Beyond that, I find Readers’ Advisory to be a particularly fascinating corner of library practice. It is also one that is changing on the ground much more rapidly than it is in the literature—by which I mean, critical practitioners are pushing the service in new and exciting directions, addressing distributive and representational inequities and thinking about our moral obligations vis-á-vis social justice. One of the things I discovered as I began digging into my research was that my task was not to serve up something brand new to these librarians but rather to identify and articulate the normative foundations for the sophisticated work they were already doing.
We often think of theory as this thing that ought to drive practice—historically there’s been a fair amount of bellyaching about how librarians don’t pay enough attention to theory or are too resolutely practical in their approach—but it seems to me that it’s at least as important to find ways for critical practice to drive theory. Once this gelled for me, it really became the goal of the dissertation.
Will you continue this research at SC&I?
Yes! I’m still carrying on research on Readers’ Advisory. I have a paper in press with the Journal of Documentation that treats the incompatibility between librarians’ dual obligations to satisfy readers’ existing preferences on the one hand and to promote diverse books to all patrons on the other (https://www.emerald.com/insight/content/doi/10.1108/JD-01-2020-0002/full/html). That paper is characteristic of the direction my research has been headed lately. I’m thinking a lot about how libraries exist as part of a larger literary apparatus riddled with social inequities, and what we can do to advance social justice and democratic functioning despite being implicated here.
Do you teach your research/writing methods to SC&I students?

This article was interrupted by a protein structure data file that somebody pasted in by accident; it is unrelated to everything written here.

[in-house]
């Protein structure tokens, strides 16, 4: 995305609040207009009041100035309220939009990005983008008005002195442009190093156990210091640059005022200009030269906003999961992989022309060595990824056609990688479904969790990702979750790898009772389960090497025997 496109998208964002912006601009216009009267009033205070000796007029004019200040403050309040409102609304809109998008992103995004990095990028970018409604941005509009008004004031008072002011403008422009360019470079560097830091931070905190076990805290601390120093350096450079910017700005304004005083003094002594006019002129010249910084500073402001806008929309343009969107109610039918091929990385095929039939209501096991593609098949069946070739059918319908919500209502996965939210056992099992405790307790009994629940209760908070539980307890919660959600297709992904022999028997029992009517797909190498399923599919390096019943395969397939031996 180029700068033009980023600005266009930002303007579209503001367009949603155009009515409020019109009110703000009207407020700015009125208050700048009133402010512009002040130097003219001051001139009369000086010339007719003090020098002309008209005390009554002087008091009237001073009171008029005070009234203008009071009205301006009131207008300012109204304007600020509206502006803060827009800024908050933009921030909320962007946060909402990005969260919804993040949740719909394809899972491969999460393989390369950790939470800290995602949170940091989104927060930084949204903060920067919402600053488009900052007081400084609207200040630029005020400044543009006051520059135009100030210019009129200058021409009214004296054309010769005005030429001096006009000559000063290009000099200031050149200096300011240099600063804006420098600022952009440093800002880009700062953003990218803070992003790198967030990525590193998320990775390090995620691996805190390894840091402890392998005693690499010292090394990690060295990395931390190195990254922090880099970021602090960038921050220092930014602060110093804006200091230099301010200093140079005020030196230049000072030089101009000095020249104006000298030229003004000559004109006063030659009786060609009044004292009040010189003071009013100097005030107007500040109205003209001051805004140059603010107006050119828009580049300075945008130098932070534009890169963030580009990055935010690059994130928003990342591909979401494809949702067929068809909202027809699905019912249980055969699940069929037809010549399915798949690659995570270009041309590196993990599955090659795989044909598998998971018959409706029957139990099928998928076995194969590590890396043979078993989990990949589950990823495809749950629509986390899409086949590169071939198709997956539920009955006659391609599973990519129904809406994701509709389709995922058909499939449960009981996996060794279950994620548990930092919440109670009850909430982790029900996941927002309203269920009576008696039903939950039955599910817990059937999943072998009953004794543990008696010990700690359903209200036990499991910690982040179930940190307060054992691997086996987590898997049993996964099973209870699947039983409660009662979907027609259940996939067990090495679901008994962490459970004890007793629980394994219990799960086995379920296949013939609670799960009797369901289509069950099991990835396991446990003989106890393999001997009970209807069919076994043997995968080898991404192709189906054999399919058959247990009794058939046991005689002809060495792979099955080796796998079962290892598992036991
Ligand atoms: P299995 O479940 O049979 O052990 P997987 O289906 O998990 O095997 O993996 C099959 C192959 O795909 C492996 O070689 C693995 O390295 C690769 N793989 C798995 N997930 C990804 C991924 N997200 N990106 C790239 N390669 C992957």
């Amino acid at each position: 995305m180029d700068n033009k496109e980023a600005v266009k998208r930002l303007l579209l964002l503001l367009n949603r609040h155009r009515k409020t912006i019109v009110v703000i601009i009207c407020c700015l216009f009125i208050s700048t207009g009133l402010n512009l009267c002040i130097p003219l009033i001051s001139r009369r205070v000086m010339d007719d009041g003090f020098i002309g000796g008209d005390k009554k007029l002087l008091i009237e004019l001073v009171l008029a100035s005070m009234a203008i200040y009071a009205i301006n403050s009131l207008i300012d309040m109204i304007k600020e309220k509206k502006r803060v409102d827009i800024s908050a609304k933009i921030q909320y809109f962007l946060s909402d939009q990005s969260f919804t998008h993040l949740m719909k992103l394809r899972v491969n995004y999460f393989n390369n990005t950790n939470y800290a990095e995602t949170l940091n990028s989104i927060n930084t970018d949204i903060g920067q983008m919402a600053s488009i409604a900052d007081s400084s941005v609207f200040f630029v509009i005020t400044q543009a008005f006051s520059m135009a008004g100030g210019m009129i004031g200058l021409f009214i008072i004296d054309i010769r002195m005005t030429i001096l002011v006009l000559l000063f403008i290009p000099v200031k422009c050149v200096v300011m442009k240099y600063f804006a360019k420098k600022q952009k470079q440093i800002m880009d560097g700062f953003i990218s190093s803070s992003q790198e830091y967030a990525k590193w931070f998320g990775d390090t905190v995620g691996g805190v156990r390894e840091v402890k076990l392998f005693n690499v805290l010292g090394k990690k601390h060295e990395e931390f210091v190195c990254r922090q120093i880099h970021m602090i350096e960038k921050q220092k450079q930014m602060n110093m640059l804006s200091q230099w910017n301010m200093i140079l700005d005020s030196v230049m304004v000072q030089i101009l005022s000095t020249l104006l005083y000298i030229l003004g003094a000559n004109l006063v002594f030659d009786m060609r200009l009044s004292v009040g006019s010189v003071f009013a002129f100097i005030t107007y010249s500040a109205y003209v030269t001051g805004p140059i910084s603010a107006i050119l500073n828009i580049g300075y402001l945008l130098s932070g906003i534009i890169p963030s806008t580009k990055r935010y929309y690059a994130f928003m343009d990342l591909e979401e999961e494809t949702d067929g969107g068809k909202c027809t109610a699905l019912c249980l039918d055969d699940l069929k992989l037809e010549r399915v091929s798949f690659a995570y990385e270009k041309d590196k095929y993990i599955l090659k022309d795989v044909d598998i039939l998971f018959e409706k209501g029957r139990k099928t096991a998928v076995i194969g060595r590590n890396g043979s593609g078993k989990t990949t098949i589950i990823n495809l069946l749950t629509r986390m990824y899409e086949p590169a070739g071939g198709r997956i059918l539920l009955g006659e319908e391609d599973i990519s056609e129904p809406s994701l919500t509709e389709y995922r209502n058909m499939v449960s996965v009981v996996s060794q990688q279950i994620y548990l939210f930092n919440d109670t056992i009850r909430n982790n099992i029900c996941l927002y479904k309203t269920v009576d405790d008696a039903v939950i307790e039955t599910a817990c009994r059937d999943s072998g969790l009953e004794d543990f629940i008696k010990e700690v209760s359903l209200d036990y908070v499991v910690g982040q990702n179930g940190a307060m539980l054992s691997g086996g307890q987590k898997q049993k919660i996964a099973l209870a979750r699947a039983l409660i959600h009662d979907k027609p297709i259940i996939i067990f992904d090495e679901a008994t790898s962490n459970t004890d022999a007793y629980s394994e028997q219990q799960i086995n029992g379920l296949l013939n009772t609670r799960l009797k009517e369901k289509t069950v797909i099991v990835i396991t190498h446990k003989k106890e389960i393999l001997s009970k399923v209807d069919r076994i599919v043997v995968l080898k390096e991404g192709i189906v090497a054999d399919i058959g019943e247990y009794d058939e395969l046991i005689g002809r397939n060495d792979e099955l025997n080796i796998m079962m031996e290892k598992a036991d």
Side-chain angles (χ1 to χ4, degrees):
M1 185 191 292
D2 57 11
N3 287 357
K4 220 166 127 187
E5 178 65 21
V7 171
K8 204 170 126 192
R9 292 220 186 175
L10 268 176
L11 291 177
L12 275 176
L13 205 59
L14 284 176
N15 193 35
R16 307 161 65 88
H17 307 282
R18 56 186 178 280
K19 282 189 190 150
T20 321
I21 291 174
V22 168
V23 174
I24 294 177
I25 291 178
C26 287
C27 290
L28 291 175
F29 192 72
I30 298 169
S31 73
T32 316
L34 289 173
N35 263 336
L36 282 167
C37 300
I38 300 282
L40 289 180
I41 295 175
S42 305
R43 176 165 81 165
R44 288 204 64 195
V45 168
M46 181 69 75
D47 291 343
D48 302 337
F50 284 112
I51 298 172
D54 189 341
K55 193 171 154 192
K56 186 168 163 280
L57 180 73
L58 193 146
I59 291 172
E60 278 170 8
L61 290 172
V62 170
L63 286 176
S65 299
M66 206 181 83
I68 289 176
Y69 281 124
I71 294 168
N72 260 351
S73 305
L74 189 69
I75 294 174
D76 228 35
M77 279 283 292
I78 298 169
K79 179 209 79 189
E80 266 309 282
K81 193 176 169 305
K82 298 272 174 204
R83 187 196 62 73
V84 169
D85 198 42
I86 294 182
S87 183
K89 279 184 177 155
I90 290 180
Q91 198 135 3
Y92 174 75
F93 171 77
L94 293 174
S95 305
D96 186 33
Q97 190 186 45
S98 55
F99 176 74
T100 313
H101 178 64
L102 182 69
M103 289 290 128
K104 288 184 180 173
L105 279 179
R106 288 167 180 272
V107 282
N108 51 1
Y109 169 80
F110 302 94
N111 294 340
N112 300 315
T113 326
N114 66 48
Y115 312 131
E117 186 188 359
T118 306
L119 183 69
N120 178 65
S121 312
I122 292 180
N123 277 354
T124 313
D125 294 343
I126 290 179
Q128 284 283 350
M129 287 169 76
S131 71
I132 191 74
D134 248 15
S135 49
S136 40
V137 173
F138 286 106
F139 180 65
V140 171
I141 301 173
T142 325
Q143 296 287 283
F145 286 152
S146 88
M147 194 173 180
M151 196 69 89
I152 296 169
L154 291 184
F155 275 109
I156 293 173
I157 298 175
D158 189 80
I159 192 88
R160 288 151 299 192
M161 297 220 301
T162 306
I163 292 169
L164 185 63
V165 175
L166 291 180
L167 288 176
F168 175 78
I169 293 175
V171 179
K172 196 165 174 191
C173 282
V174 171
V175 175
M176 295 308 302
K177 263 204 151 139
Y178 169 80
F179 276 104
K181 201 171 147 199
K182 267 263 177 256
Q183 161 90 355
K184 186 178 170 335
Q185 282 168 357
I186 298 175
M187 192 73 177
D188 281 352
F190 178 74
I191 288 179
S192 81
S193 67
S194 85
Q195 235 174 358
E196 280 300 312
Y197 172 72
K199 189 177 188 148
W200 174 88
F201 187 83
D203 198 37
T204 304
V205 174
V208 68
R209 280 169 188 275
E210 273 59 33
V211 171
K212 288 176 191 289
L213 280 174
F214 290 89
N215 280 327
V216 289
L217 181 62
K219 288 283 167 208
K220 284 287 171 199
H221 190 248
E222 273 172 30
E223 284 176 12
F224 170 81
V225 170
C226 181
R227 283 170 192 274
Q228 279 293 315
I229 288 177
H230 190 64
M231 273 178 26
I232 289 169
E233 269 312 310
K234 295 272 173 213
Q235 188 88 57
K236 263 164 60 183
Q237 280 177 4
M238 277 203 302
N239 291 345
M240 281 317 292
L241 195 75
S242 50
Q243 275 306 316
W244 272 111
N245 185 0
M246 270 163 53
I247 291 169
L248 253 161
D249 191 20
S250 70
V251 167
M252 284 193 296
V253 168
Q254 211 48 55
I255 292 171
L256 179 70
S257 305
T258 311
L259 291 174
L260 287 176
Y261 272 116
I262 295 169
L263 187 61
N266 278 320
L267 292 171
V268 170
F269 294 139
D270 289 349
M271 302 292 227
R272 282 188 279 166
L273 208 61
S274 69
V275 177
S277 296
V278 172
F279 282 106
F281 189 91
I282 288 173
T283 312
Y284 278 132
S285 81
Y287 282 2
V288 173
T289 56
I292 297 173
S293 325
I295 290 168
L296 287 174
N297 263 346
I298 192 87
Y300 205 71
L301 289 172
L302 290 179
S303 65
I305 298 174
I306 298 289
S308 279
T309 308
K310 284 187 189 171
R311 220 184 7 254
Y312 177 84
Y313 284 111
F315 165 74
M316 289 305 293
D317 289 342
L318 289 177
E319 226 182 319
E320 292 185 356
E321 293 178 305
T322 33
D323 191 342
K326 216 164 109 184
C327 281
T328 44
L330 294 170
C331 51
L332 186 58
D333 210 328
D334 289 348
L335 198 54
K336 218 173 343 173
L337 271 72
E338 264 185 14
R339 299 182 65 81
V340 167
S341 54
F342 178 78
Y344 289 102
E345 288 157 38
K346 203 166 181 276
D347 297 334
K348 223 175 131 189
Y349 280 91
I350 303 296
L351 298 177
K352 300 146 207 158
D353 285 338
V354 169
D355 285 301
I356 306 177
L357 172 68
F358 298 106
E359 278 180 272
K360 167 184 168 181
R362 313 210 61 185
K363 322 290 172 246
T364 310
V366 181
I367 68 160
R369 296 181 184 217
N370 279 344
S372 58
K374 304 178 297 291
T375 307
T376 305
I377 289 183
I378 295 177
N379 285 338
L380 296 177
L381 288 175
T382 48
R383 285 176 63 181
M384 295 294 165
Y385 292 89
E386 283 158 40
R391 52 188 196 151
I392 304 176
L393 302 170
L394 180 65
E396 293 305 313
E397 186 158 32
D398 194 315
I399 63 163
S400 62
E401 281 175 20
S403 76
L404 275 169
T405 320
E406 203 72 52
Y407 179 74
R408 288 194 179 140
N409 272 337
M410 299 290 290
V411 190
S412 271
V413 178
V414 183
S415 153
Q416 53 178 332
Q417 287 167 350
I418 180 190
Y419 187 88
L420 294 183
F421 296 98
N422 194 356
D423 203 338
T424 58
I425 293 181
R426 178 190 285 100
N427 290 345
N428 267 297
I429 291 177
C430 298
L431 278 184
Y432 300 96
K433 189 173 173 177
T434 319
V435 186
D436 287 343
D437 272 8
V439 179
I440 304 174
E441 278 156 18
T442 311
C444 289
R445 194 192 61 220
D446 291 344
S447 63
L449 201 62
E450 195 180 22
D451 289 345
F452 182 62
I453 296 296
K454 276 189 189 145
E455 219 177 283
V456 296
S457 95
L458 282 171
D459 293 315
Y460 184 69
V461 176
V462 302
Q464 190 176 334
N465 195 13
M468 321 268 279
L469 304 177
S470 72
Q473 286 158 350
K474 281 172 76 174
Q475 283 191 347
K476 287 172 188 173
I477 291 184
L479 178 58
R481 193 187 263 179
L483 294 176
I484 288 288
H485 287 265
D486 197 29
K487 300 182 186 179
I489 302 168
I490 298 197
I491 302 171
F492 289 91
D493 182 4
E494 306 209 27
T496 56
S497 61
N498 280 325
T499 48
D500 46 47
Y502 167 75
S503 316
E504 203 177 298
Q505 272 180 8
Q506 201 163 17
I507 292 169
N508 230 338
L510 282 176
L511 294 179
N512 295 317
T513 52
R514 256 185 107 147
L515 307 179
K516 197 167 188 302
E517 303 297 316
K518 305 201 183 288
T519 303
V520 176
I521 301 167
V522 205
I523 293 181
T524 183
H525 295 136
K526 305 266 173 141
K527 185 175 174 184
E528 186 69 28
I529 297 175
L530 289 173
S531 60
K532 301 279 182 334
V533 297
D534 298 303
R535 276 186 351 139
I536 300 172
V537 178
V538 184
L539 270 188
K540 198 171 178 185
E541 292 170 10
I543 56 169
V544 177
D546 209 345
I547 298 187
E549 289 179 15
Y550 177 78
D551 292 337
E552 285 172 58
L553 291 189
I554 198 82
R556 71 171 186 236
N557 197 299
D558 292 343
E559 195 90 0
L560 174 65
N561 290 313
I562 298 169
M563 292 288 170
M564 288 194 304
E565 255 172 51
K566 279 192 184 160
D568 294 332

My research methods are philosophical (as is my academic temperament, really) and so they often come through in one way or another when I teach. In my “Reading Interests of Adults” course we also get to directly address some of the critical issues that most captivate me about recreational reader services. SC&I students are really sharp and engaged, so that makes this doubly rewarding.
In what ways can the general public benefit from your research findings?
I think our craving for Readers’ Advisory is even more readily apparent than usual at the present moment, given how many of us are seeking not just escape but meaningful social interaction. (Public librarians, please confirm!) Although we’re receiving automated or algorithmic recommendations day-in and day-out, there is still this desire for expert advice from a real live human being who is both sensitive to our stated (and not just our implicit or revealed) preferences and isn’t, to put it a bit glibly, trying to sell us anything. My research asks questions about how to advise readers well, in ways that further collective ideals and combat injustice; moreover, it amplifies the call for social reading activities that give us the opportunity to interact with differently-situated community members about issues that matter. It makes a case for Readers’ Advisory as a service that is central to the project of the public library, and in so doing speaks to the cares of our patron communities, who overwhelmingly value the library for its role in promoting literacy and a love of reading (source: https://www.pewresearch.org/internet/2013/12/11/libraries-in-communities/).